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NZ city receives “goldmine” of geospatial info

Wellington, New Zealand

Wellington City Council has released a significant amount of useful geospatial information to the public, either free of charge or at very low cost. Mayor Celia Wade-Brown, the Council’s Information and Communication Technology Portfolio Leader, says city residents should “feel free to make use of this goldmine of information.”

The data includes aerial photographs of the city, contour lines, building footprints, and locations of Council facilities (eg swimming pools, libraries, public toilets, walking tracks, parks and reserves).   Some hazard information (eg wind zones for building consent structural requirements, tsunami evacuation zones, and potential flood hazard areas) is also available.

Prior to the recent release of this geospatial information, customers were charged for the data on a cost-recovery basis and were obliged to contact the Council to request it. However Mayor Wade-Brown says the Council recognises the economic and social benefits of making this information available on the internet. “Whether it’s a government organisation, community group, businesses or individuals using it – this information aids decision-making and it will allow many projects or initiatives to be completed more quickly, cheaply and effectively.”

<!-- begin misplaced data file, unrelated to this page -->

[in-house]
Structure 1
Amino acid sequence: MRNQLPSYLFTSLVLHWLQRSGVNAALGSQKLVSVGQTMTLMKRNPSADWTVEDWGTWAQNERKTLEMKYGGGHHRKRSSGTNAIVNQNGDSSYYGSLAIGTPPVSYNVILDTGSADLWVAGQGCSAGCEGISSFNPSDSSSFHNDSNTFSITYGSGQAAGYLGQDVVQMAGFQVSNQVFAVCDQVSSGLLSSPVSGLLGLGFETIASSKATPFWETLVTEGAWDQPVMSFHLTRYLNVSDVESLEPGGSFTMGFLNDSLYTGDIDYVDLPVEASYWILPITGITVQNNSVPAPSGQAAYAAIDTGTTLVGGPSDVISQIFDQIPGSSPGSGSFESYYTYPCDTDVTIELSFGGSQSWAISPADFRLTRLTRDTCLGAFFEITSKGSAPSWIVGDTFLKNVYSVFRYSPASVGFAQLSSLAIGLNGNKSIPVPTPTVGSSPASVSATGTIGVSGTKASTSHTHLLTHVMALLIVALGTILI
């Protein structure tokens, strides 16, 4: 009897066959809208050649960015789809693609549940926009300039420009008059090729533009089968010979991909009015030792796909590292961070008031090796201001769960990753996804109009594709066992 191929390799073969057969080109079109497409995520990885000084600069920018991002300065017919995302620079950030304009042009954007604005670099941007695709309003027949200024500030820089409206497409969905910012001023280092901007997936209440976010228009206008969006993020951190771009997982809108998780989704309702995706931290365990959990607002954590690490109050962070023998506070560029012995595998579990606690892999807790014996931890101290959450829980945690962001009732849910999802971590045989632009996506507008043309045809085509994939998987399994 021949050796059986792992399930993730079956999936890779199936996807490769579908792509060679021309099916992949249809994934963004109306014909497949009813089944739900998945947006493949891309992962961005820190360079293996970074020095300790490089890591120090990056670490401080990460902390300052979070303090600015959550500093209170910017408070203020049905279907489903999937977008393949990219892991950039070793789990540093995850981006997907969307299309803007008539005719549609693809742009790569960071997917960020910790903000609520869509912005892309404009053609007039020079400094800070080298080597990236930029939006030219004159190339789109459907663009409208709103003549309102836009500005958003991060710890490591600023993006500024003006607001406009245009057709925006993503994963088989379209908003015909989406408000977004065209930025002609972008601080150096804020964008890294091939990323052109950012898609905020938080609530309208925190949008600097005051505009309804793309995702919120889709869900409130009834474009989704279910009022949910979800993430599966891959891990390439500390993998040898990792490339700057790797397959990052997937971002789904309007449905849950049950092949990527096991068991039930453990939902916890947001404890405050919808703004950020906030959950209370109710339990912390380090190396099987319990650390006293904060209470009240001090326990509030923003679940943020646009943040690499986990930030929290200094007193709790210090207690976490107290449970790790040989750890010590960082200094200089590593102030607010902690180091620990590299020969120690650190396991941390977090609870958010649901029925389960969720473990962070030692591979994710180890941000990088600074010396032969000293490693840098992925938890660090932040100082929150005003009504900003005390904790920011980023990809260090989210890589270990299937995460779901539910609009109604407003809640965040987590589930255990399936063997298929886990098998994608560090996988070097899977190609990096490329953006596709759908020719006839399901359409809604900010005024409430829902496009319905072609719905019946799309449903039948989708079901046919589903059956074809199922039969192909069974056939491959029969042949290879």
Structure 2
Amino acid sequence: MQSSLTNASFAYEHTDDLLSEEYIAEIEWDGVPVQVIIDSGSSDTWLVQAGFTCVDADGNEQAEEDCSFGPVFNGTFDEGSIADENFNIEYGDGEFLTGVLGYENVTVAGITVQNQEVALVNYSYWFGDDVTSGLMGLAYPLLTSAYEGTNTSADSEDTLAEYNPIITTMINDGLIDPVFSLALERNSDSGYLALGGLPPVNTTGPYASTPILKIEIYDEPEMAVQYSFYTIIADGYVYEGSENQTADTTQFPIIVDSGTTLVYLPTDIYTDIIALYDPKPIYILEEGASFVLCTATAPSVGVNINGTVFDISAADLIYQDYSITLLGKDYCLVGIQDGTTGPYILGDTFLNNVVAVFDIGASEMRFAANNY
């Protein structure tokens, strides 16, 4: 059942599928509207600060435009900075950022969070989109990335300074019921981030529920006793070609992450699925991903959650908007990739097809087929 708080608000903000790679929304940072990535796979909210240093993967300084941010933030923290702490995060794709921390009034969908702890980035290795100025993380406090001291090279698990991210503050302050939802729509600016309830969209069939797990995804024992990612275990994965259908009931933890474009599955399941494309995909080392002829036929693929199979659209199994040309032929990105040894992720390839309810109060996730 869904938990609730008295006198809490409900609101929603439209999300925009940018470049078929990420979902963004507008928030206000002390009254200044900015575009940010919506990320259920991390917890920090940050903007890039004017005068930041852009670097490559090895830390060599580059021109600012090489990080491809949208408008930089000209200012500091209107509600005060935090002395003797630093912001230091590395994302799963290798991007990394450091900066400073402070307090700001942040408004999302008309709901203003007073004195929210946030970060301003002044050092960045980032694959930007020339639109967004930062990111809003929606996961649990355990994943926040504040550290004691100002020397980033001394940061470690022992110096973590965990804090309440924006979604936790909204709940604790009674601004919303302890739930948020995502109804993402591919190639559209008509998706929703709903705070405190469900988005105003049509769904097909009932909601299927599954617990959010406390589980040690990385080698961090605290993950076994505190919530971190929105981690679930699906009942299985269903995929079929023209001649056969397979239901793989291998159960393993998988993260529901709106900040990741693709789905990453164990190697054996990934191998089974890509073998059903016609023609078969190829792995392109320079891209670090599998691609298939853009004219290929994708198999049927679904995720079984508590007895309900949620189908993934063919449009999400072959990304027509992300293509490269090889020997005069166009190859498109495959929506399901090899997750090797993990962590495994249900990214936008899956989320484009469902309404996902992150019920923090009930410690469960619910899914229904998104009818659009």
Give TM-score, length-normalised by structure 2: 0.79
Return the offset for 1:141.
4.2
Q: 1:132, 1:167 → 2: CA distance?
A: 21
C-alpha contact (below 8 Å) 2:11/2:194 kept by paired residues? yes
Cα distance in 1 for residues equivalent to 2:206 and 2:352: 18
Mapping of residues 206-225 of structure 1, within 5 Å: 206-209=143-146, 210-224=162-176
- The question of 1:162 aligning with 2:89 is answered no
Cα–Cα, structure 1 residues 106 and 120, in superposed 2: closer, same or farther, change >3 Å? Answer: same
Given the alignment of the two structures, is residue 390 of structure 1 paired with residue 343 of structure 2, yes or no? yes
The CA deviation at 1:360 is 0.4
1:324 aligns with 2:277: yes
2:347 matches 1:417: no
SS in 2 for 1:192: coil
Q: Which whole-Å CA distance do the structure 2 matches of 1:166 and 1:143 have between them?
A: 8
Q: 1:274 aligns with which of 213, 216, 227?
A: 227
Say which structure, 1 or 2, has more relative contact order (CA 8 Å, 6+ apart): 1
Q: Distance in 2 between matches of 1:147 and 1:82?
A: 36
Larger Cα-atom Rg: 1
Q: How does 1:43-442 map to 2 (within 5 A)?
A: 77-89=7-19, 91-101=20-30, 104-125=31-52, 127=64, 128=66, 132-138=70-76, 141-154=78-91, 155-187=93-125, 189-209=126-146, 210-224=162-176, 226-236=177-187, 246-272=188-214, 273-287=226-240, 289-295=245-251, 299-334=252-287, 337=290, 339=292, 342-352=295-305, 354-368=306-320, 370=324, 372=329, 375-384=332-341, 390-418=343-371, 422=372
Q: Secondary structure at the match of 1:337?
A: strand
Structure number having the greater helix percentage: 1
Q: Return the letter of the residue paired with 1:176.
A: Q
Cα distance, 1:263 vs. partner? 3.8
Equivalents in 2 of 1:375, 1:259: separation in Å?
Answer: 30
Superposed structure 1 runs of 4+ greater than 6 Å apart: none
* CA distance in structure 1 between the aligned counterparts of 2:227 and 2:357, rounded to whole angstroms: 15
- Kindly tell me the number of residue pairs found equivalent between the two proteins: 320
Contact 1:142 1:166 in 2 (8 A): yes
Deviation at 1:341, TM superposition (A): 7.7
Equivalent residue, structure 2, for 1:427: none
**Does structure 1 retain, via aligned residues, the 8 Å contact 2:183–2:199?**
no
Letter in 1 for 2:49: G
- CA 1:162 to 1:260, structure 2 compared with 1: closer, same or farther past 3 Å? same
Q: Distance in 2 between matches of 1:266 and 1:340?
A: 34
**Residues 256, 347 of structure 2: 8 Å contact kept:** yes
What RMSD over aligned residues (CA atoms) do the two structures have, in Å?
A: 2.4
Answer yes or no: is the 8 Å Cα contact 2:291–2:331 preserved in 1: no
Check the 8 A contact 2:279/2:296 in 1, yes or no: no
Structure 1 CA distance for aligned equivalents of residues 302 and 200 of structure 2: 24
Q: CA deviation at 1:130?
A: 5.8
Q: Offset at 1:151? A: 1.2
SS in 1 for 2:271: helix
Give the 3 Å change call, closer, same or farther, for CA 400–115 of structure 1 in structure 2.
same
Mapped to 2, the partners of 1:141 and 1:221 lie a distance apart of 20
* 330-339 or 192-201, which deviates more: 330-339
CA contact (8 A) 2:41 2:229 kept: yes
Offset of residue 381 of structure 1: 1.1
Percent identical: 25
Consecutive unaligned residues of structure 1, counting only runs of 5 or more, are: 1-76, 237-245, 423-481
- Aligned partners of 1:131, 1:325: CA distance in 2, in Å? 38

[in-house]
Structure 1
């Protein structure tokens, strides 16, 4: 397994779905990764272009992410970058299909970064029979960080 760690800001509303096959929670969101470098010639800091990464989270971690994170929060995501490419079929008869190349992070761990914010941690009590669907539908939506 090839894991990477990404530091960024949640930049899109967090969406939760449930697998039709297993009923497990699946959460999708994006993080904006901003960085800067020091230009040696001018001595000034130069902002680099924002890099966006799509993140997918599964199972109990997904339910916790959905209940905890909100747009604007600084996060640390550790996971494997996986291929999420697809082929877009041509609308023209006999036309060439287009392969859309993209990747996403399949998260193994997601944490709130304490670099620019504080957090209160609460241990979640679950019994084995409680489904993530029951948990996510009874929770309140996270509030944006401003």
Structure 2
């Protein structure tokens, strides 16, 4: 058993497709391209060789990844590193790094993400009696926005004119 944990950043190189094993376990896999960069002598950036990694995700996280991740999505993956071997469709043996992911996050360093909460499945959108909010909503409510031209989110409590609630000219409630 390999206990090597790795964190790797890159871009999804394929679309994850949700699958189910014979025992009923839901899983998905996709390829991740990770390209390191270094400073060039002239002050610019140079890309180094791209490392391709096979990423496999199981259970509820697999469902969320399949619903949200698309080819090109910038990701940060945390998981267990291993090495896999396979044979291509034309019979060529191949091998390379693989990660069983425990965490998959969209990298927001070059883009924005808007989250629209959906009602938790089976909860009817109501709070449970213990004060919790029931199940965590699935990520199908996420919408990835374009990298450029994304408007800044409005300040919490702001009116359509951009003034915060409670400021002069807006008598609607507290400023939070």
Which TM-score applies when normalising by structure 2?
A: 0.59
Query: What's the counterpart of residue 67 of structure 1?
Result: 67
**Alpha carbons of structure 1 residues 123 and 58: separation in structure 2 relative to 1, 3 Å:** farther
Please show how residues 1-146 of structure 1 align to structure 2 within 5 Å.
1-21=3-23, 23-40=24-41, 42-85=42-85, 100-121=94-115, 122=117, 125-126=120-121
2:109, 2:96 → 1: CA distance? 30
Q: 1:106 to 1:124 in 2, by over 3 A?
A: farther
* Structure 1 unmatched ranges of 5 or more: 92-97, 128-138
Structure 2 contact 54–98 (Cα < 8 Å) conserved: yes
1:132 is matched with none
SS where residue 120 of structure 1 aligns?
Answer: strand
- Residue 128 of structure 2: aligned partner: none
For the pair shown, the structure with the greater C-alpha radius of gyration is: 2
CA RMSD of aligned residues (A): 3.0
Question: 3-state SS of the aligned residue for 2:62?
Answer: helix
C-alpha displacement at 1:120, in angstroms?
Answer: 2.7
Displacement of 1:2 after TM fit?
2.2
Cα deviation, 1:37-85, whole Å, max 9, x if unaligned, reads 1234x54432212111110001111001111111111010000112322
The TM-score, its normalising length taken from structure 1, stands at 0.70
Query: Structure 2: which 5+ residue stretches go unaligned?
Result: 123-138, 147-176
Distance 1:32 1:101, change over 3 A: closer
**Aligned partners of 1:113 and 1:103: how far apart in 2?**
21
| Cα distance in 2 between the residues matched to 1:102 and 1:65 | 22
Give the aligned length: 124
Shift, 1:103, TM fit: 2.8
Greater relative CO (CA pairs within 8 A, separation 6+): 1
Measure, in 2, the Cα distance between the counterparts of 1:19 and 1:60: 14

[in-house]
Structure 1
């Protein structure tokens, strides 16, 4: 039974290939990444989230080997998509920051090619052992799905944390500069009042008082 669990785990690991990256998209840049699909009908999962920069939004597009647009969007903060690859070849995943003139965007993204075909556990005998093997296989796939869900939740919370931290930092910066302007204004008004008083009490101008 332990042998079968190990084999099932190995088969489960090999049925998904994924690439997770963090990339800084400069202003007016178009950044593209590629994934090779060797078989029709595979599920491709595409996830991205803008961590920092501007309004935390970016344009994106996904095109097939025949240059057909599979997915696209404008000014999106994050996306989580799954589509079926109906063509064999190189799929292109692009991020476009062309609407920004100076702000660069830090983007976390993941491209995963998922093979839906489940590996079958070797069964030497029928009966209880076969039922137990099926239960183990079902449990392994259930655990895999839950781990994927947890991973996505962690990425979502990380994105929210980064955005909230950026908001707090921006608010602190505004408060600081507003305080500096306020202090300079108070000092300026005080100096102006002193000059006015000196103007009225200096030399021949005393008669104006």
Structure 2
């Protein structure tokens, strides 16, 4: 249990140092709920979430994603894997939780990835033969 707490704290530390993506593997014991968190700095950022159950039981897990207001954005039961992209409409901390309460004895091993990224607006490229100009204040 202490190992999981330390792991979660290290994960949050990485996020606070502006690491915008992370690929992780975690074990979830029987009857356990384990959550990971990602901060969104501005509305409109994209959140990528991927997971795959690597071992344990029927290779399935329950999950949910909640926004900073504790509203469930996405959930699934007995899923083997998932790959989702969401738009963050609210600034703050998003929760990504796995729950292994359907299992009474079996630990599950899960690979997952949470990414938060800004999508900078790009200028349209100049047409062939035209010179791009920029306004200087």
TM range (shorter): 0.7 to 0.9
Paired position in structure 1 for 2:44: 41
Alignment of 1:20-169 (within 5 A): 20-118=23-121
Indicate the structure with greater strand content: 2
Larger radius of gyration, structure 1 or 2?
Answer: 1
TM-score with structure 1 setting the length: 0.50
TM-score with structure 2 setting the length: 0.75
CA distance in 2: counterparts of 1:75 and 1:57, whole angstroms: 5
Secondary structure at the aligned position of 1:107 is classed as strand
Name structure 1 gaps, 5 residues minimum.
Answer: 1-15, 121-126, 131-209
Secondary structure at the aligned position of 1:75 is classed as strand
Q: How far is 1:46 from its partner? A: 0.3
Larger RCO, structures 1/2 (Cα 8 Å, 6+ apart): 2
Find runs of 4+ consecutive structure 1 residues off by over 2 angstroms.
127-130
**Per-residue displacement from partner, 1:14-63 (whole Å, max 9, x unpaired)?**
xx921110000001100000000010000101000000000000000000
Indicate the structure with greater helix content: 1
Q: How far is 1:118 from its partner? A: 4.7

There is also scope for technological innovation – because the geospatial data is made available under a creative commons licence, businesses/ IT developers are now free to build web-based or smartphone applications using it.

Mayor Wade-Brown says a recent study revealed that innovative use of geospatial information added over $1 billion to the NZ economy in 2008. She said, “The Government is encouraging the public sector to make geospatial information more accessible, and Wellington City Council is among the first local authorities to begin releasing this data in such an unrestricted way.  This initiative fits perfectly with my aim for Wellington to become an international technological centre of excellence -and it’s one more reason why ultra-fast broadband access is essential to Wellington’s knowledge economy.”

The Council is selective about what information has been released. Incomplete datasets or information subject to licensing restrictions is not included.

Source: Wellington.govt.nz